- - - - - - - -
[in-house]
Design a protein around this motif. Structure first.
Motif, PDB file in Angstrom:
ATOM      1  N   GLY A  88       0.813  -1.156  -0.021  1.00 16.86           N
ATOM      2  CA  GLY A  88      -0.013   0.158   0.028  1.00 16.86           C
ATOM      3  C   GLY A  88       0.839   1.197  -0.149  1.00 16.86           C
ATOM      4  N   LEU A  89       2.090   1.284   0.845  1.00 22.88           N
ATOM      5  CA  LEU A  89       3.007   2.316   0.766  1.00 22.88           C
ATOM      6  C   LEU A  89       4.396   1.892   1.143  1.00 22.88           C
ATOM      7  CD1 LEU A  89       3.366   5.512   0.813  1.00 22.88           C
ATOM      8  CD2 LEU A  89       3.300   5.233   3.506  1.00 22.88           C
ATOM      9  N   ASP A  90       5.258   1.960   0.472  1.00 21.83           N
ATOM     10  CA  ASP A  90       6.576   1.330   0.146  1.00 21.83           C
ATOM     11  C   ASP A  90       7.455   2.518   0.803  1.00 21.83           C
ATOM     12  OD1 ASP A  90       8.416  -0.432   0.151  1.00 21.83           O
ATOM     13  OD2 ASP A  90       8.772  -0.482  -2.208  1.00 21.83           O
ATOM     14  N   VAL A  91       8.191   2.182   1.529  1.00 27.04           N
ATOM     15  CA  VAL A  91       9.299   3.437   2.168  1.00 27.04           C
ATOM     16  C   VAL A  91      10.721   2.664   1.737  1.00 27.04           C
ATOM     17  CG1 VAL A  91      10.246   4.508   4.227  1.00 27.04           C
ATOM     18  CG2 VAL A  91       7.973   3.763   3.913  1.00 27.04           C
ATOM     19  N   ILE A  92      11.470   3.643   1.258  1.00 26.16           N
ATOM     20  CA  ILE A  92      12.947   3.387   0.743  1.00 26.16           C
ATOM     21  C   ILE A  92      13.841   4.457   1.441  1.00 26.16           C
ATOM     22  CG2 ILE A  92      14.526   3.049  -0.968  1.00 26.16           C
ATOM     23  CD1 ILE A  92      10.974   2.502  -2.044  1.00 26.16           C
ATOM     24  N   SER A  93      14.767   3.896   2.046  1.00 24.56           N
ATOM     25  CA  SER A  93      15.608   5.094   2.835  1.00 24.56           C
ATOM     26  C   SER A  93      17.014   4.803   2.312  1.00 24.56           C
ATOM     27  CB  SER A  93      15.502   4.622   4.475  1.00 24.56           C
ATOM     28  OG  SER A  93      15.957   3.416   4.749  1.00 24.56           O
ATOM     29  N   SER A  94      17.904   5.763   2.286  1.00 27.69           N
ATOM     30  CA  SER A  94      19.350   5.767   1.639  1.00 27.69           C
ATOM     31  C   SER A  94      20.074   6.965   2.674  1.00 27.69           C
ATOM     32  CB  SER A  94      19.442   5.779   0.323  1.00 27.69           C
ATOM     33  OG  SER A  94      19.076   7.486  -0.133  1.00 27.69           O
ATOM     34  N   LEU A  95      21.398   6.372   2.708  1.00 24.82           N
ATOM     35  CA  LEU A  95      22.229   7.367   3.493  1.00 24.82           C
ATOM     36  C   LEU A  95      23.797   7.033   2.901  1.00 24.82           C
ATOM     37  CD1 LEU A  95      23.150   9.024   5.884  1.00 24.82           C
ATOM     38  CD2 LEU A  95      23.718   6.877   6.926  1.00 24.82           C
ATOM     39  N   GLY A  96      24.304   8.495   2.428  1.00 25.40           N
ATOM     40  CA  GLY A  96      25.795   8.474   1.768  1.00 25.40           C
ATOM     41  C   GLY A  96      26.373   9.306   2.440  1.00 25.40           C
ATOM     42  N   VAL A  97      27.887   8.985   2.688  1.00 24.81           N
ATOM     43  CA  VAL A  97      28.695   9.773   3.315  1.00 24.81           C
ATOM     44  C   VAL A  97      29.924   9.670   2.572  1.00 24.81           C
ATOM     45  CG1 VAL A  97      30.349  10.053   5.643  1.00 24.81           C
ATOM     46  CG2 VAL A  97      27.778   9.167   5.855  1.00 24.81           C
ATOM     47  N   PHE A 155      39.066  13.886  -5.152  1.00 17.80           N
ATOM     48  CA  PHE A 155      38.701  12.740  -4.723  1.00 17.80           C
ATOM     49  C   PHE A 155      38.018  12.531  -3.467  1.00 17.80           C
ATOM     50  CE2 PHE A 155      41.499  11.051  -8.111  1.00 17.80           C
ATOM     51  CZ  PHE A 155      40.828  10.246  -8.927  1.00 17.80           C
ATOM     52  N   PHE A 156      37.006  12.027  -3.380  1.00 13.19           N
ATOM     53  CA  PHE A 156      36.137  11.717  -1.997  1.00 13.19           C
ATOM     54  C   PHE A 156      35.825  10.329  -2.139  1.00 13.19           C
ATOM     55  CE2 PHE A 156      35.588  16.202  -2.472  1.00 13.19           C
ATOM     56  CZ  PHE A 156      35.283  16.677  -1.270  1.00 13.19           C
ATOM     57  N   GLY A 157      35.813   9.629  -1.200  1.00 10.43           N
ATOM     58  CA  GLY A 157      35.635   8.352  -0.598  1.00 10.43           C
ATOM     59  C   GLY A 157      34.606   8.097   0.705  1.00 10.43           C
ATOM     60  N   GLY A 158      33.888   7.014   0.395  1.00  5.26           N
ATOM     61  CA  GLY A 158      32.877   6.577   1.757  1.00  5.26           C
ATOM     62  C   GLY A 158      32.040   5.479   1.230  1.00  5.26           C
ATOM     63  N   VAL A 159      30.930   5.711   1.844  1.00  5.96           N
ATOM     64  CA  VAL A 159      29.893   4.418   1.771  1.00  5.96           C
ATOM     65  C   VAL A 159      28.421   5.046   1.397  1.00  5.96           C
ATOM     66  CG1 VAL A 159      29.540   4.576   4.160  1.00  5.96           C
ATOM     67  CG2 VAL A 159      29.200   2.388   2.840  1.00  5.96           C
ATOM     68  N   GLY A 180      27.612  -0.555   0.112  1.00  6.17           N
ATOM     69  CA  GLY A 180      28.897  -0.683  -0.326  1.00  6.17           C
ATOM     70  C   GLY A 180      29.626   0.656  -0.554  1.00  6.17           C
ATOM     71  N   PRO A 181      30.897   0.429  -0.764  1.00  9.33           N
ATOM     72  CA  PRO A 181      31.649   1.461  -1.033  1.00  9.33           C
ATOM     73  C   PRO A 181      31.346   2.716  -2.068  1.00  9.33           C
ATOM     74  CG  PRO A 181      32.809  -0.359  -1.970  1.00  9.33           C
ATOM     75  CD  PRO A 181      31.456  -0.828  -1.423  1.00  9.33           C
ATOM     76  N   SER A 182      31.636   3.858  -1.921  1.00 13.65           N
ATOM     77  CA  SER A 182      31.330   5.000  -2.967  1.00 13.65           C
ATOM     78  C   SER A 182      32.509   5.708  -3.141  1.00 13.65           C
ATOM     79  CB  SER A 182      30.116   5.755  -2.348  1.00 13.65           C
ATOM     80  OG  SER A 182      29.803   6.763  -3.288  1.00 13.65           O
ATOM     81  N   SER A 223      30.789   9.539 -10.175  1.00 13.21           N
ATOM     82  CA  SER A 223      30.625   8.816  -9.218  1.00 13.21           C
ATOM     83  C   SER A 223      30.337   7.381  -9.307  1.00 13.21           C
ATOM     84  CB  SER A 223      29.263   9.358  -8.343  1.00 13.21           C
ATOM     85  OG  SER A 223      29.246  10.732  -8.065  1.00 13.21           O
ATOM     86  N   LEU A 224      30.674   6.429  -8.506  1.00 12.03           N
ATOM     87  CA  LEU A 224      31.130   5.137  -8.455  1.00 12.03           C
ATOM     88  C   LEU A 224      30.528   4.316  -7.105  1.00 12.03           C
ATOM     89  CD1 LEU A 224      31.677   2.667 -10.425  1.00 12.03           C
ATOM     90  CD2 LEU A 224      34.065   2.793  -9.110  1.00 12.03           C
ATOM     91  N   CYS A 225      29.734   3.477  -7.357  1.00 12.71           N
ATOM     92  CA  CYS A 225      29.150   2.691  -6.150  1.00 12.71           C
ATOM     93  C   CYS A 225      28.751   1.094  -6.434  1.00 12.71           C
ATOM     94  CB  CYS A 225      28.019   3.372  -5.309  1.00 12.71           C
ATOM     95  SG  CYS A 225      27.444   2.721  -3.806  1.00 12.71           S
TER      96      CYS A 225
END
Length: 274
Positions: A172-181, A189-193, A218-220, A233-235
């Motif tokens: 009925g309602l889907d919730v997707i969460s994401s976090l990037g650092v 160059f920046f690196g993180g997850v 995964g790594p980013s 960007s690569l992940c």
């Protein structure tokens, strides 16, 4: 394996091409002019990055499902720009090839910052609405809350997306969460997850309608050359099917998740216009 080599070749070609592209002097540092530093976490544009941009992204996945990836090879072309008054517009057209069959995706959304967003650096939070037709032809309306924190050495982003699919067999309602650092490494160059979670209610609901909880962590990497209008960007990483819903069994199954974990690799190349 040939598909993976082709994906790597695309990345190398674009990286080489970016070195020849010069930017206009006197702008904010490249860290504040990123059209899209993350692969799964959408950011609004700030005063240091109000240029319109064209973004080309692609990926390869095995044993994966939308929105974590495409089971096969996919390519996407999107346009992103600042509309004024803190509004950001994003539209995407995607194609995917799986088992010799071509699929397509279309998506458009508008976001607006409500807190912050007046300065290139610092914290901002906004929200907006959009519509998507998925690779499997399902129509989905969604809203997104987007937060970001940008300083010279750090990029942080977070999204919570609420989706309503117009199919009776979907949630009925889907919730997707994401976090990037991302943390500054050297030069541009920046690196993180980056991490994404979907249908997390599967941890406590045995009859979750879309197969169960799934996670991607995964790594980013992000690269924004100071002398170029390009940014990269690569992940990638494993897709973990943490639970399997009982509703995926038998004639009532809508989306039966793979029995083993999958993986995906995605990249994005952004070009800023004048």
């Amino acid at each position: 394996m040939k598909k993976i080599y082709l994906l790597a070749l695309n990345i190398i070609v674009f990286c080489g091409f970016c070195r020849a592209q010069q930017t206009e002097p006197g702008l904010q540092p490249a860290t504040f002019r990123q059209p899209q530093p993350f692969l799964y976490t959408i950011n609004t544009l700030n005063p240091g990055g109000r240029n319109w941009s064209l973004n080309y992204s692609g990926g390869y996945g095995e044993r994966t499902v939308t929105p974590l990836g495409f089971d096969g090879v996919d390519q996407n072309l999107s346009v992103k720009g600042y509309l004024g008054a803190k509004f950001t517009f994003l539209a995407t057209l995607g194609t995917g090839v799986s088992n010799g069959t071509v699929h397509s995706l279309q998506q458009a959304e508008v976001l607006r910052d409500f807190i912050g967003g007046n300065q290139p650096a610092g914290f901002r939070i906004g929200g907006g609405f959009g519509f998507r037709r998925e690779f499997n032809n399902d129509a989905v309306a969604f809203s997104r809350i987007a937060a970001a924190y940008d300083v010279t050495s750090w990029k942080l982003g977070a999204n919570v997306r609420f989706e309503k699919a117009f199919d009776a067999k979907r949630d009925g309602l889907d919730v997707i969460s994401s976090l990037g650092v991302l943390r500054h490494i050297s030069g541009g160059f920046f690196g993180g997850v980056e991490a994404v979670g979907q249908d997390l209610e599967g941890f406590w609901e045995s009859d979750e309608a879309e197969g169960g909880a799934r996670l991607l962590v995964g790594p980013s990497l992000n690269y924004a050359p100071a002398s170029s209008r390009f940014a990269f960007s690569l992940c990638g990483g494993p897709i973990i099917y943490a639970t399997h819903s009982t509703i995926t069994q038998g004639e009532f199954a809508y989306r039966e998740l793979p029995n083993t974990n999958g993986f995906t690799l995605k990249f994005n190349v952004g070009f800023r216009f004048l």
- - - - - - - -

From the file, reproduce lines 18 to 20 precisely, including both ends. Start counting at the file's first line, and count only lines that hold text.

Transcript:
ATOM     15  CA  VAL A  91       9.299   3.437   2.168  1.00 27.04           C
ATOM     16  C   VAL A  91      10.721   2.664   1.737  1.00 27.04           C
ATOM     17  CG1 VAL A  91      10.246   4.508   4.227  1.00 27.04           C